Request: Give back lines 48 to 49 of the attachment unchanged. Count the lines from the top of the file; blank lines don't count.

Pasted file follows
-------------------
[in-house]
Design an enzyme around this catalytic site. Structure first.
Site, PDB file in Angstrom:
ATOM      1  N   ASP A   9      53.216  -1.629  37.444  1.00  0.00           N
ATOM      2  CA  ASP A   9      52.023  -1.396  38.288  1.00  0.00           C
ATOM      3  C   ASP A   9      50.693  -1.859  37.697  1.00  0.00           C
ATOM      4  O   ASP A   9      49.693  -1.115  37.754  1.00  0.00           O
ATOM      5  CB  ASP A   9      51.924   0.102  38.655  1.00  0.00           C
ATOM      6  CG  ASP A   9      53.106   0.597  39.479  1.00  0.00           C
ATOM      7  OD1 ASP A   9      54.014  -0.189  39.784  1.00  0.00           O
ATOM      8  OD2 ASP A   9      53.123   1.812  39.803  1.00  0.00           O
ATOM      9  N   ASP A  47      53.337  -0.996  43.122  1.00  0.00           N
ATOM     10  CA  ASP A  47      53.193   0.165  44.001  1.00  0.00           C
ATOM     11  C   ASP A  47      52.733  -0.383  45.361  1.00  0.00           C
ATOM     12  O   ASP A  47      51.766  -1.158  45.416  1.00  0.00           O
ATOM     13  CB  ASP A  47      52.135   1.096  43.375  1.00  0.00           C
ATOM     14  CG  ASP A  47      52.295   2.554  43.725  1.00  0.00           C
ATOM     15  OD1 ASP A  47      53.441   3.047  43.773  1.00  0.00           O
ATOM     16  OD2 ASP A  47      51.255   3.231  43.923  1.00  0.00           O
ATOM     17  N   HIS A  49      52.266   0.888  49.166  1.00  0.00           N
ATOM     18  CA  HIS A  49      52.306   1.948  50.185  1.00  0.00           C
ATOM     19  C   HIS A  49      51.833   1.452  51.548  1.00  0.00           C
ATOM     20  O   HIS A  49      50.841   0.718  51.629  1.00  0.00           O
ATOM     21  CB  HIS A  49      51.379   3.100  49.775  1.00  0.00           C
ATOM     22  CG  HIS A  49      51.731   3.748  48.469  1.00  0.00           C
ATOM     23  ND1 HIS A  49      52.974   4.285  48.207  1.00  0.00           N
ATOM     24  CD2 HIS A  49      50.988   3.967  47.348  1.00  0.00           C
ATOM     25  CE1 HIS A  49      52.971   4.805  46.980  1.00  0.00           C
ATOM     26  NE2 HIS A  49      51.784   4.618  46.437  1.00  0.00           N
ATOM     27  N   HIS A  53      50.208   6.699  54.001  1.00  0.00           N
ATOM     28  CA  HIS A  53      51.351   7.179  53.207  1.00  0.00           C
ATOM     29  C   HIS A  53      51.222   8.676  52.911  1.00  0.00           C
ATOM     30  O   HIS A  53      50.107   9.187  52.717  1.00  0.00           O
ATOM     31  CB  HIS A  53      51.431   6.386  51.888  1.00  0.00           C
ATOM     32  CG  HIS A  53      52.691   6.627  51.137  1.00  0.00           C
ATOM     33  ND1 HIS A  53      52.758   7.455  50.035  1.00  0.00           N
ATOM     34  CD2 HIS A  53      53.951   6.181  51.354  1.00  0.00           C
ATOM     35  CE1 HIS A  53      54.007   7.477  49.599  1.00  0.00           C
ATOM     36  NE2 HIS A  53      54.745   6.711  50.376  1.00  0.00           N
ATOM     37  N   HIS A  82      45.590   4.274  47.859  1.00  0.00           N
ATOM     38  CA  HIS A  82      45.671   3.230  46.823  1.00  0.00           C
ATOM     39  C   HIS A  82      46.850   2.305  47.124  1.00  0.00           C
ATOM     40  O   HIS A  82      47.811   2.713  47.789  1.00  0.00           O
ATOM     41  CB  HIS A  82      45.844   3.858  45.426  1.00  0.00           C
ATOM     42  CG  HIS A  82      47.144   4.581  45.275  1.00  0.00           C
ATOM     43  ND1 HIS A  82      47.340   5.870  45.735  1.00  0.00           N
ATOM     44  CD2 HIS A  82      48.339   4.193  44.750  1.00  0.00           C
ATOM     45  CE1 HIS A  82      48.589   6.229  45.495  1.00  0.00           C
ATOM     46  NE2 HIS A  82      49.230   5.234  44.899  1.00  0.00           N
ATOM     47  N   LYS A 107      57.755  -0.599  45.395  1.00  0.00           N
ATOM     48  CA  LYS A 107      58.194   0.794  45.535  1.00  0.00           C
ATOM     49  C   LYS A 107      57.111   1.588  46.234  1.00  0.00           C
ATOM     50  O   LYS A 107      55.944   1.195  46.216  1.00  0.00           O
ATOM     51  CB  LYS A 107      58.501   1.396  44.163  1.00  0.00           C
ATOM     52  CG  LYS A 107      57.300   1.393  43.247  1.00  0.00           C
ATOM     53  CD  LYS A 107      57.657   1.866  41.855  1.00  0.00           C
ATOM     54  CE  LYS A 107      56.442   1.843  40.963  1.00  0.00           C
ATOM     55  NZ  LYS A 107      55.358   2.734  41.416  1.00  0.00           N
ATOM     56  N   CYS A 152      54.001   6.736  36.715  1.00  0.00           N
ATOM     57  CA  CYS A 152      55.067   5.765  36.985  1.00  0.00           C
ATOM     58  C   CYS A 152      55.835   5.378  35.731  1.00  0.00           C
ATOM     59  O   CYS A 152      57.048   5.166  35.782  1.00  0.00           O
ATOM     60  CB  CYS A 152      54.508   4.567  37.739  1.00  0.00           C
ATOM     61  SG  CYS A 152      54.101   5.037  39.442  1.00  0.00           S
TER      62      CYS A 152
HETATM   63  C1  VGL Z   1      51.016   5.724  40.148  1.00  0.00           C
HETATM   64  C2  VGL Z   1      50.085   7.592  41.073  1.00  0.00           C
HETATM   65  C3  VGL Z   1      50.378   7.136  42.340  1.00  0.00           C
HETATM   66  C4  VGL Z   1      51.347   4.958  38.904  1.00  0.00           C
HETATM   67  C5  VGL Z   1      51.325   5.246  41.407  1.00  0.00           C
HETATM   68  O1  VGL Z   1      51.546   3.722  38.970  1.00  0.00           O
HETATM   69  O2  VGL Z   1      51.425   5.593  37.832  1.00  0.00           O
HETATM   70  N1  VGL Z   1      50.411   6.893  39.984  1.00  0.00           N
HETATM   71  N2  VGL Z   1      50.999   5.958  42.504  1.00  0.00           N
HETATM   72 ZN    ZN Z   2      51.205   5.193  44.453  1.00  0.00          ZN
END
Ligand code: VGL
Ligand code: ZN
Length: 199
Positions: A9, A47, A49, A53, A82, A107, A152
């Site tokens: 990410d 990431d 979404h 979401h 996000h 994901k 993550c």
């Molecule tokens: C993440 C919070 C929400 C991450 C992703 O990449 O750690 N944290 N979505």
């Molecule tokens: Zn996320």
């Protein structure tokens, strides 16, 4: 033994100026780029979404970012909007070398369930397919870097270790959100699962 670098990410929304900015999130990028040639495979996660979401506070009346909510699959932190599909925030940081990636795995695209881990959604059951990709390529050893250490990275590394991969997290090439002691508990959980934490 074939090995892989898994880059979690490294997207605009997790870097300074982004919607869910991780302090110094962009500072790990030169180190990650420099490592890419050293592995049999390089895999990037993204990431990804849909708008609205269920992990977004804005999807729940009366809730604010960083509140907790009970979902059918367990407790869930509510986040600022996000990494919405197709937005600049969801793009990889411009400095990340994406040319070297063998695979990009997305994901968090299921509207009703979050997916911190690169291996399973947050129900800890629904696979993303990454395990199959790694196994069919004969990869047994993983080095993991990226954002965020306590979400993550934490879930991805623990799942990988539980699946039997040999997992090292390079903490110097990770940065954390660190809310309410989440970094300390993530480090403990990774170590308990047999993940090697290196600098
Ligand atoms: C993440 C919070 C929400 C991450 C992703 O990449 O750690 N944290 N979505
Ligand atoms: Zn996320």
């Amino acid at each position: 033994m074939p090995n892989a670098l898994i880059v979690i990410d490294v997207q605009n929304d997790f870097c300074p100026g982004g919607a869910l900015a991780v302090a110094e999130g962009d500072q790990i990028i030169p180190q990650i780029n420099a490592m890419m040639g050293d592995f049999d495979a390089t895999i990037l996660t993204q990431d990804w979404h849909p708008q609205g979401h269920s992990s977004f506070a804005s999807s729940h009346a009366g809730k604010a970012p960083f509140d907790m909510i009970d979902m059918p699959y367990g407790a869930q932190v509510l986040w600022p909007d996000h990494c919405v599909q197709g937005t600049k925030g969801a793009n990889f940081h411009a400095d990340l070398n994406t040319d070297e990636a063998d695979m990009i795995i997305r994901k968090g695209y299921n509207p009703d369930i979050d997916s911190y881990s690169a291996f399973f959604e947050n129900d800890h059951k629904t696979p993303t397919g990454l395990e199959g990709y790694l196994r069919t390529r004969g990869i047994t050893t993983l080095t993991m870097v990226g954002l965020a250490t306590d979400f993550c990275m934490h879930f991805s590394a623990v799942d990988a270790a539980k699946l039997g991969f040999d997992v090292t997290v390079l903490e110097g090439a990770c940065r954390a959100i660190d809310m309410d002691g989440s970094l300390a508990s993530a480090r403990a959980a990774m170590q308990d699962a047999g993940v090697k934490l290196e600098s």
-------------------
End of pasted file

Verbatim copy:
ATOM     45  CE1 HIS A  82      48.589   6.229  45.495  1.00  0.00           C
ATOM     46  NE2 HIS A  82      49.230   5.234  44.899  1.00  0.00           N